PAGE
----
A mail carrier cooked steak on a postal truck's dashboard to draw attention to extreme heat - and a member of Congress wants the post office to take action

Postal truck steakRepresentative Shawnna Bolick

  • A steak hit a "medium" temperature after 12 hours on a postal trucks dashboard, a member of congress says.
  • The postal worker cooked the steak to show how hot trucks can get in the summer.
  • Shawnna Bolick, a Republican who represents Arizona's 20th Congressional District, is urging the post office and its workers' union to take action.
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It's hot in Phoenix. So hot you can cook steak on the dashboard of a mail truck, apparently.

That's what one postal worker did to call attention to hazardous conditions, and his call is being echoed by member of congress who represents the city.

"It has come to my attention that quite a few USPS employees over the past few weeks in the Phoenix area have been sent to the emergency room to deal with heat stroke and heat exhaustion," Shawnna Bolick, a Republican who represents Arizona's 20th Congressional District, said in the letter, sent on August 1 to the postal workers' union leadership and post office executives.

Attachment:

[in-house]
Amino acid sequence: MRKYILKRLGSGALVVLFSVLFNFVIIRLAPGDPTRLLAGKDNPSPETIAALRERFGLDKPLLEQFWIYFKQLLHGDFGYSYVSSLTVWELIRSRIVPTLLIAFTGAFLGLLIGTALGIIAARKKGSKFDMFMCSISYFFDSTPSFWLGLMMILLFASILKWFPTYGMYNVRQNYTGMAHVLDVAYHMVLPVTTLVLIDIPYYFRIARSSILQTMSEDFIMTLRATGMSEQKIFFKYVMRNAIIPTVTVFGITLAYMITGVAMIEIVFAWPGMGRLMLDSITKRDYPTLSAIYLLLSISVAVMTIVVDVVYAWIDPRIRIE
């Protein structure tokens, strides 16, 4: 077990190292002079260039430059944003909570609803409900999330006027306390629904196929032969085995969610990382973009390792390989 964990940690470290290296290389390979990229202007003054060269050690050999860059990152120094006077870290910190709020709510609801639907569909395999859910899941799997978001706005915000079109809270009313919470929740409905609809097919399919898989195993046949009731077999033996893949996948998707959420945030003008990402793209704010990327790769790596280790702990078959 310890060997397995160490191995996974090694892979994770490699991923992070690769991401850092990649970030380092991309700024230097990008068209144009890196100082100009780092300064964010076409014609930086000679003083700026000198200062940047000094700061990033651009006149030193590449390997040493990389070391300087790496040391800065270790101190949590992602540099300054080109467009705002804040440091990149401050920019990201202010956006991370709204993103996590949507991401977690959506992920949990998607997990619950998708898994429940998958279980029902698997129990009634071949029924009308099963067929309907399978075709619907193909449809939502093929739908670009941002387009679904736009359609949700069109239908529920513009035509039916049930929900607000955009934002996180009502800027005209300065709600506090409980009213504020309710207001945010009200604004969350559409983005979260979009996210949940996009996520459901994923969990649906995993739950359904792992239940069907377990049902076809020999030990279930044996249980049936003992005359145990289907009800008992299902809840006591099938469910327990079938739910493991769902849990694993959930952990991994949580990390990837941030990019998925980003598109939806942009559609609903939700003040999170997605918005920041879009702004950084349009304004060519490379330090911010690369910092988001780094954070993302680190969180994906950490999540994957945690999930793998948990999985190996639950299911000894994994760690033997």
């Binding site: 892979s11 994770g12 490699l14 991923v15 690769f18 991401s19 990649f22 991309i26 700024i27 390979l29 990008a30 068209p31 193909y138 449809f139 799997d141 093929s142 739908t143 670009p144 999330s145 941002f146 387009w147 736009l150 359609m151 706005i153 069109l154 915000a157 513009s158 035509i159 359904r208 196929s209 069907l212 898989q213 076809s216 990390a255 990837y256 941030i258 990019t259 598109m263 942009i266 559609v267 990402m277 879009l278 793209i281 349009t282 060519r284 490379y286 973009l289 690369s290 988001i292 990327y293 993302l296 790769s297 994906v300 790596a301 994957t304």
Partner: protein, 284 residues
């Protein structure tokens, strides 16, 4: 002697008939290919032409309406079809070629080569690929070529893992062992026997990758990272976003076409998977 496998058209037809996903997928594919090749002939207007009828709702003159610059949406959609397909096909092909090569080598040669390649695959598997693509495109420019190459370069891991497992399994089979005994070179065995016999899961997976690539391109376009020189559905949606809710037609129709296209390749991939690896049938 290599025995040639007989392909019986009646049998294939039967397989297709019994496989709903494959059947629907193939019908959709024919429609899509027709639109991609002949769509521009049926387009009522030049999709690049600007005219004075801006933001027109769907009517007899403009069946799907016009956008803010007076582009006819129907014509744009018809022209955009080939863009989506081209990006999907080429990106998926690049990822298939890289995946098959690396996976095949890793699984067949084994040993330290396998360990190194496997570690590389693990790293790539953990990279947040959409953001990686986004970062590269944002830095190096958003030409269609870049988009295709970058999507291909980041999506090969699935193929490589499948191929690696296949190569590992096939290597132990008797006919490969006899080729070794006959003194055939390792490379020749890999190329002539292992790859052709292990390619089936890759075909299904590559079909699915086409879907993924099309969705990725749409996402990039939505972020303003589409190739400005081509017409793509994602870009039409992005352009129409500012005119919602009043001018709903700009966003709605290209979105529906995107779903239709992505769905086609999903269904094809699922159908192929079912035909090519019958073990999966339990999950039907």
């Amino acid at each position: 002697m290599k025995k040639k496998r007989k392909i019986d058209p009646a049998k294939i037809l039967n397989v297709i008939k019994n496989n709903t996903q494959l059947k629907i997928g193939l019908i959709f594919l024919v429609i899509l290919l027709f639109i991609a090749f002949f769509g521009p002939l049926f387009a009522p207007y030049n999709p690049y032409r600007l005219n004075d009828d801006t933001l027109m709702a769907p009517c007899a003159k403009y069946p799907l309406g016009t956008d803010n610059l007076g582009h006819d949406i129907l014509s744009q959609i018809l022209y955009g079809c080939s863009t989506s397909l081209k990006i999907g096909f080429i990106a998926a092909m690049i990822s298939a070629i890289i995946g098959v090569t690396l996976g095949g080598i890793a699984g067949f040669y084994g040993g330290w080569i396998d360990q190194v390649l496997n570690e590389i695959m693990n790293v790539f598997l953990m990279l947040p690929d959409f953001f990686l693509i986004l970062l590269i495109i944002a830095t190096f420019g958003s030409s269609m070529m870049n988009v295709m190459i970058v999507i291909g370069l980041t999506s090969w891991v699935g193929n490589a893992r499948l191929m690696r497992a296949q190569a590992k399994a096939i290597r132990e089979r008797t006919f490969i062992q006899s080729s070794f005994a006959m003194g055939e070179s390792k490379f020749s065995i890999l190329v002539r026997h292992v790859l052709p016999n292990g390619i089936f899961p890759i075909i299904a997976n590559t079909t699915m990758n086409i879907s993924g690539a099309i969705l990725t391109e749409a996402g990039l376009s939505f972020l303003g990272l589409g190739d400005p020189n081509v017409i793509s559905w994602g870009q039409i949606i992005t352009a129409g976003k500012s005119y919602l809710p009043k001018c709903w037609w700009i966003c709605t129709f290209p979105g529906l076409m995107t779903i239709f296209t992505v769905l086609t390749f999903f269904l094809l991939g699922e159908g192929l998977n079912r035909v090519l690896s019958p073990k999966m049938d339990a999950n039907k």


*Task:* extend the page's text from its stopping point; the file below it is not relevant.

"In a few cases, these postal carriers have been hospitalized for several days and at least one was disoriented in their mail truck," she said.

Over the course of a 12-hour day, one unidentified letter carrier managed to cook a steak to 142 degrees, a perfect "medium" temperature, on the dashboard of his delivery truck, where temperatures have averaged 128 degrees, the letter said. However, the 142 degree sear falls just short of the 145 degrees the Food and Drug Administration says is the safe minimum internal temperatures for meat.

Read more: July was likely the hottest month ever, and experts say it has 're-written climate history'

It's not clear if the postal worker consumed the steak after a brief photoshoot to show its doneness.

In July, a record-breaking heat wave swept across the United States and much of the world. Heat is the leading cause of weather-related deaths in the US, killing about 136 people each year.

"I would like to know what your organization is doing to improve your employee's working conditions," Bolick's letter concludes. "I implore you to review any safety or incident reports that have been filed and hold necessary hearings to help improve the working conditions of your members because right now they are inhumane."
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